Donald Trump’s refusal to participate in the second presidential debate has again fueled chaos in American politics.
The president instead plans to hold massive campaign rallies despite his coronavirus diagnosis. The debate was to take place at 9 p.m. on Thursday, Oct. 15.
Instead, Democratic nominee Joe Biden will participate in a town hall discussion hosted by ABC News.
Trump declined to participate after the Commission on Presidential Debates decided to hold the contest virtually because of the president’s COVID-19 diagnosis.
Commission members said they acted to move the debate online on the overwhelming advice of health experts.
It’s not yet known if the scheduled third debate on Oct. 22, will happen.
“It is now apparent there will be no debate on Oct. 15, and the CPD will turn its attention to preparations for the final presidential debate scheduled for Oct. 22,” the commission said in a statement.
Biden said he was looking forward to the second contest after a bizarre Sept. 29 performance by Trump, who repeatedly ignored a moderator’s request to allow the former vice president to speak uninterrupted.
“Vice President Biden looks forward to making his case to the American people about how to overcome this pandemic, restore American leadership and our alliances in the world, and bring the American people together,” Biden campaign spokesman Andrew Bates said in a release. “It’s shameful that Donald Trump ducked the only debate in which the voters get to ask the questions — but it’s no surprise.”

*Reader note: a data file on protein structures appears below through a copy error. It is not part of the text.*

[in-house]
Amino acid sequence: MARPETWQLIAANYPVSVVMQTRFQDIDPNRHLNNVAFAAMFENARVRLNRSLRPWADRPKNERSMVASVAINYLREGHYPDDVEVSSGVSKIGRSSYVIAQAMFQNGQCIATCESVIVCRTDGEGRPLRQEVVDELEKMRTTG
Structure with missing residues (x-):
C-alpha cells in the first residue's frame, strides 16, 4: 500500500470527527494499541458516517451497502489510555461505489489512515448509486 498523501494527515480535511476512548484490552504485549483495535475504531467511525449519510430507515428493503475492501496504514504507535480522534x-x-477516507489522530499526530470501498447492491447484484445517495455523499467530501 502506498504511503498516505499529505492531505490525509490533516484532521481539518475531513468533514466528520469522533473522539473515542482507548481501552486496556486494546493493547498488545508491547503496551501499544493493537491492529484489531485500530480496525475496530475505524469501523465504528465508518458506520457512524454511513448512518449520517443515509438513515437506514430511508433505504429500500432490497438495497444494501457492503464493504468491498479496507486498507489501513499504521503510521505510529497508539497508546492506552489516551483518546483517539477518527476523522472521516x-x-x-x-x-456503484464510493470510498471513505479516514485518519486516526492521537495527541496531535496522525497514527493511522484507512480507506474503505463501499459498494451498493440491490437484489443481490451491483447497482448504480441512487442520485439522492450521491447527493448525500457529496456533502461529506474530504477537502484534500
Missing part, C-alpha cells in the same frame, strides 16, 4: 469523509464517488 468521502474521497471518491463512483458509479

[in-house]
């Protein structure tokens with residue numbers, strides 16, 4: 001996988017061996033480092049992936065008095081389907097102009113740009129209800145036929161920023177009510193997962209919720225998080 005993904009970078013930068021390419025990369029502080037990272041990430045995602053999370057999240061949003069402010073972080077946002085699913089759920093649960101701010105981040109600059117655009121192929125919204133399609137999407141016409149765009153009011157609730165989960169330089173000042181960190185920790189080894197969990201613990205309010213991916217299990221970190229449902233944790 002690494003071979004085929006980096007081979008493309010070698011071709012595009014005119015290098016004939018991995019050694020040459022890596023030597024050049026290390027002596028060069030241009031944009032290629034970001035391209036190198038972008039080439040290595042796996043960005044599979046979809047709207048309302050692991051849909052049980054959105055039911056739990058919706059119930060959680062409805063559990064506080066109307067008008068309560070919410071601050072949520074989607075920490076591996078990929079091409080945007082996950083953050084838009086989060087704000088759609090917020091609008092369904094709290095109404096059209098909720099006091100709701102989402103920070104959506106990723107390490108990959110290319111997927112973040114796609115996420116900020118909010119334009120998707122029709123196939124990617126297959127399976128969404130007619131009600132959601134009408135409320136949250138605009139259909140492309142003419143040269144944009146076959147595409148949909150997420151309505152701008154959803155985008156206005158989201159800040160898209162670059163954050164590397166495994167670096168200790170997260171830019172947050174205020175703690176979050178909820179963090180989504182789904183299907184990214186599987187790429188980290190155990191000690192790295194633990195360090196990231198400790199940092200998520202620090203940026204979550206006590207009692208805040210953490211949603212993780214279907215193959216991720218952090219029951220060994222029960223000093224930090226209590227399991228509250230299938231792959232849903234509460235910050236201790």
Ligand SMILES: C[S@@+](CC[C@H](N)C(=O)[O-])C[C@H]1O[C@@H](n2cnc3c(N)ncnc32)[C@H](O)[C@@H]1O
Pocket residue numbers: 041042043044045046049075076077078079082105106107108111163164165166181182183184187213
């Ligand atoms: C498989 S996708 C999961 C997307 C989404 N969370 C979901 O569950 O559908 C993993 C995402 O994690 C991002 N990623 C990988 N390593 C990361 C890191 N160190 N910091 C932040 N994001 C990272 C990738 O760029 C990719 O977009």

Trump’s bailing from the debate follows a week of unhinged activity in which the president called his disease “nothing to be afraid of,” and his aides still criticizing Biden for wearing a mask.
Trump’s campaign also blasted Democratic Vice President Nominee Kamala Harris for demanding social distancing and plexiglass to separate her from Vice President Mike Pence during their debate.
Dr. Anthony Fauci and some Republicans bristled at Trump’s behavior and callousness before and after becoming infected.
“Don’t be afraid of COVID. Don’t let it dominate your life,” Trump bellowed right after leaving Walter Reed National Military Medical Center, where he received treatment for COVID-19.
The president staged what he apparently hoped was a triumphant return to the White House after exiting the hospital.
However, upon arrival, he found a mostly empty White House and that at least 20 members of his inner circle also joined him and first lady Melania Trump in testing positive for the virus.
Agitated by his diagnosis, Trump appeared this week on Rush Limbaugh’s radio show, where he used profanity and attacked Harris, among others, calling the vice presidential hopeful and accomplished African American senator a “monster.”
The strange and unprecedented behavior exhibited by the president continued with his attacks on NBA superstar LeBron James, referring to the future Hall of Famer as a “hater.”
James has continually denounced the president’s race-baiting and ripped Trump for his refusal to condemn white supremacists.
Also, in Trump’s continued assault on fallen military members, he suggested that Gold Star families — those whose relatives have died in conflicts — could have spread the virus at a White House event in September.
While the New York Times noted that there’s no evidence for Trump’s claim, Fauci referred to the reception for the president’s Supreme Court nominee Amy Coney Barrett as a “superspreader” event.
More than a dozen people who attended the event has tested positive for COVID-19.
“The data speak for themselves,” declared Fauci, a member of the White House Coronavirus Task Force. “We had a super spreader event in the White House, and it was in a situation where people were crowded together and were not wearing masks.”